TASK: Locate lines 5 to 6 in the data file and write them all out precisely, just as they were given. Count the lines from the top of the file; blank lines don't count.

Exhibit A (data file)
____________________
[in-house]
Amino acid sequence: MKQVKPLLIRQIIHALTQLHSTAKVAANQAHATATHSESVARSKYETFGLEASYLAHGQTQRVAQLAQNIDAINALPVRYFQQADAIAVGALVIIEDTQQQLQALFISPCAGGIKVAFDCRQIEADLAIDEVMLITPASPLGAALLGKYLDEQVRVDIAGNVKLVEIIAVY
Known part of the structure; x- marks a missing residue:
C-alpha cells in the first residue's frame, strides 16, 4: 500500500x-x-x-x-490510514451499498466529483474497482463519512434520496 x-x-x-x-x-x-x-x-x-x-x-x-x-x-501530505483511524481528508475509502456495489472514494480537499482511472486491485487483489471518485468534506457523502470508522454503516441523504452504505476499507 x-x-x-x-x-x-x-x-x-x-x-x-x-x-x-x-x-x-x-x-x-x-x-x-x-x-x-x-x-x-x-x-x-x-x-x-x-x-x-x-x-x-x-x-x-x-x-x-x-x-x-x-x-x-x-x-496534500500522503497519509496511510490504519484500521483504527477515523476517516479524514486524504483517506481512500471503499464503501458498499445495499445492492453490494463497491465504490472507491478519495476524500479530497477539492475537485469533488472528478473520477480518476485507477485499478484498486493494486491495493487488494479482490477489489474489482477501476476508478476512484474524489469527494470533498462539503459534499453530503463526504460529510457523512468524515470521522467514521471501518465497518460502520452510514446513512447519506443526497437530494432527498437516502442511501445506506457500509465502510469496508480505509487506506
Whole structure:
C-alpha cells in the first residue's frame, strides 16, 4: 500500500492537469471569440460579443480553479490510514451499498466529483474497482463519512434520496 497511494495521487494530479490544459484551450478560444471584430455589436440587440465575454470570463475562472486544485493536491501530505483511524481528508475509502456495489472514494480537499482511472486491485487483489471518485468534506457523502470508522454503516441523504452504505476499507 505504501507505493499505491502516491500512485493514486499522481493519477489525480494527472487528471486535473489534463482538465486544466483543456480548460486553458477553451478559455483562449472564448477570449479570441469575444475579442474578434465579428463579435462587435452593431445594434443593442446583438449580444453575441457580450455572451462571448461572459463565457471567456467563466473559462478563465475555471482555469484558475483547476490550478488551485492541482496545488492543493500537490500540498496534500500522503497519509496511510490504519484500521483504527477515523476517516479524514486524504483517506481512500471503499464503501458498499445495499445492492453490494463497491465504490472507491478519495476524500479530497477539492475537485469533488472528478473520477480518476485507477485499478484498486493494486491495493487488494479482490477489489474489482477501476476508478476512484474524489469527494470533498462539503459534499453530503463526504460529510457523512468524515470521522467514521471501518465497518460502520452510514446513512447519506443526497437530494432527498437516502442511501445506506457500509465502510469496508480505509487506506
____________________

Whole structure:
C-alpha cells in the first residue's frame, strides 16, 4: 500500500492537469471569440460579443480553479490510514451499498466529483474497482463519512434520496 497511494495521487494530479490544459484551450478560444471584430455589436440587440465575454470570463475562472486544485493536491501530505483511524481528508475509502456495489472514494480537499482511472486491485487483489471518485468534506457523502470508522454503516441523504452504505476499507 505504501507505493499505491502516491500512485493514486499522481493519477489525480494527472487528471486535473489534463482538465486544466483543456480548460486553458477553451478559455483562449472564448477570449479570441469575444475579442474578434465579428463579435462587435452593431445594434443593442446583438449580444453575441457580450455572451462571448461572459463565457471567456467563466473559462478563465475555471482555469484558475483547476490550478488551485492541482496545488492543493500537490500540498496534500500522503497519509496511510490504519484500521483504527477515523476517516479524514486524504483517506481512500471503499464503501458498499445495499445492492453490494463497491465504490472507491478519495476524500479530497477539492475537485469533488472528478473520477480518476485507477485499478484498486493494486491495493487488494479482490477489489474489482477501476476508478476512484474524489469527494470533498462539503459534499453530503463526504460529510457523512468524515470521522467514521471501518465497518460502520452510514446513512447519506443526497437530494432527498437516502442511501445506506457500509465502510469496508480505509487506506